that, which that—used to introduce a phrase or clause essential to the meaning of the sentence; not set off by commas The shipment that arrived yesterday had to be returned. (That arrived yesterday identifies which shipment had to be returned and is essential information.) We ate the 15 doughnuts that Jan brought to work this morning. which—used to refer to a specific noun or pronoun and to introduce a phrase or clause not essential to the meaning of the sentence; usually set off by commas We ate 15 doughnuts, which was 15 too many. (Which refers to doughnuts and adds additional information—which was 15 too many—that is not essential to the meaning of the sentence.) The shipment, which arrived yesterday, had to be returned. (Which arrived yesterday is incidental information and is set off by commas.) Exception: that or which can at times be used interchangeably to avoid too many repetitions of either word in a sentence. there, their, they’re there—a place The book has to be on the table; I saw it there just a minute ago. their—possessive form of they Why don’t they take their skateboards and go home? they’re—contraction of they are They’re upset that the watermelon fell off the table. weather, whether weather—climate The weather has been changing slowly over the past fifty years. whether—if; regardless They have to know whether you are going. You should tell them whether you feel like it or not.


Appendix C

who’s, whose who’s—contraction of who is or who has Do you know who’s [who is] coming to the party tonight? No, I don’t know who’s [who has] been invited. whose—possessive form of who Whose purple car is parked outside our house? you’re, your you’re—contraction of you are You’re going to be late for dinner. your—possessive form of you Your dinner is cold.

Appendix D Frequently Misspelled Words

The following list contains words that are frequently misspelled. Use this list as a quick reference in addition to consulting a good dictionary. abbreviate absence abundant accessible accidentally accommodate accompanies accompaniment accumulate accuracy acknowledgment acquaintance adequately admission admittance adolescent advantageous allege alliance analysis analyze anonymous apologetically apparatus apparent

appreciate appropriate argument arrangement arrears ascertain association attendance authorize auxiliary awfully ballet bankruptcy beneďŹ cial bibliography bookkeeper boulevard brochure buffet bulletin calculation calendar camouďŹ&#x201A;age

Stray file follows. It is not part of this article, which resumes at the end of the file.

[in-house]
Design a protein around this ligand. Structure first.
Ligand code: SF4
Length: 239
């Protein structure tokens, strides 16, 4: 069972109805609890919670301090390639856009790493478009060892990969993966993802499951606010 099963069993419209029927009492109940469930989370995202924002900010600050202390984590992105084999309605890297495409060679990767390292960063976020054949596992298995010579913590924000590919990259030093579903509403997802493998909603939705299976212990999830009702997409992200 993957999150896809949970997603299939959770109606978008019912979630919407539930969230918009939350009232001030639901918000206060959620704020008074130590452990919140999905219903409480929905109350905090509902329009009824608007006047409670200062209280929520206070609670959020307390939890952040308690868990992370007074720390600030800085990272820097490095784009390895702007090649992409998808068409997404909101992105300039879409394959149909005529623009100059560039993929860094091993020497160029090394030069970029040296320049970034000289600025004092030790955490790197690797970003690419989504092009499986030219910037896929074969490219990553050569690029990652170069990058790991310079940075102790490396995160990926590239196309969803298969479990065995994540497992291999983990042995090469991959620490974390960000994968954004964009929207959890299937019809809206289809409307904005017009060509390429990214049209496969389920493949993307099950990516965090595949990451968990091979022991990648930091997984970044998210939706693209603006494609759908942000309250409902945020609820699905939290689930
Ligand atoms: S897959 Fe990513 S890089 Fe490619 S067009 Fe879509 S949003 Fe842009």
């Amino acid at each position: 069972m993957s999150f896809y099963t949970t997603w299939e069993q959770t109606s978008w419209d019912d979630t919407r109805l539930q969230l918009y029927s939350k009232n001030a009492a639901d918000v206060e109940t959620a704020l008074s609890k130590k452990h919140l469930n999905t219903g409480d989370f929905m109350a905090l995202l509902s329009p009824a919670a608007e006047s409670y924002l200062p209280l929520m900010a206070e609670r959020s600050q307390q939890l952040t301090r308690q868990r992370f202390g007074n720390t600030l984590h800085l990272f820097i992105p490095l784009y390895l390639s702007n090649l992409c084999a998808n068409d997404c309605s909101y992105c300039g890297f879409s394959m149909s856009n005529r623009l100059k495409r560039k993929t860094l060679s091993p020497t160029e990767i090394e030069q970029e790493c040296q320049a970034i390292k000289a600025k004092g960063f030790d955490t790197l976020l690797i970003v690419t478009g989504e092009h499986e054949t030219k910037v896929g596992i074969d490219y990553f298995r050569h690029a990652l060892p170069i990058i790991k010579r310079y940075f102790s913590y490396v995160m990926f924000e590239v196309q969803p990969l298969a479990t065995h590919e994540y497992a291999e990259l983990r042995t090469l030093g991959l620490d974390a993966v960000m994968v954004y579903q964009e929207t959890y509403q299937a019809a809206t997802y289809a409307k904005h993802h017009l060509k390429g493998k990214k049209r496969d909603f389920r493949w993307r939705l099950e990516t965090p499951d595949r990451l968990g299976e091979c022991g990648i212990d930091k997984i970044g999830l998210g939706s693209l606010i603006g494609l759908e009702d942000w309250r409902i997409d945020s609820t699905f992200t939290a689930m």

Appendix D

canceled/cancelled cancellation catalog/catalogue catastrophe category cellar cemetery changeable choose chose colossal column commitment committed committee comparative competent competition competitor complexion comptroller conceivable concise conscience conscientious consciousness consensus consistency contingency controlling controversy correspondence correspondents criticize curriculum debacle debtor decadent deceitful deference deferred

dependent depreciation description desirable detrimental dilemma diligence disastrous disciple discrimination dissatisďŹ ed division economical ecstasy effect efďŹ ciency embarrassment emphasize endeavor enforceable enormous enthusiastically entrance espionage exaggerate excel exceptionally exhaustion exhibition exhibitor exhilaration existence exorbitant expensive extension exuberant facilitate familiar familiarize fascination

Appendix D

feasible feminine financier foreign forfeit franchise fraud fraudulent freight fulfill gauge grammar grievance guarantee guaranty guidance harassment hereditary hindrance horizontal hygiene hypocrisy hypothetical ideally idiomatic illegible immediately imperative implement incidentally inconvenience indemnity independent indispensable inevitable inflationary influential ingenious initial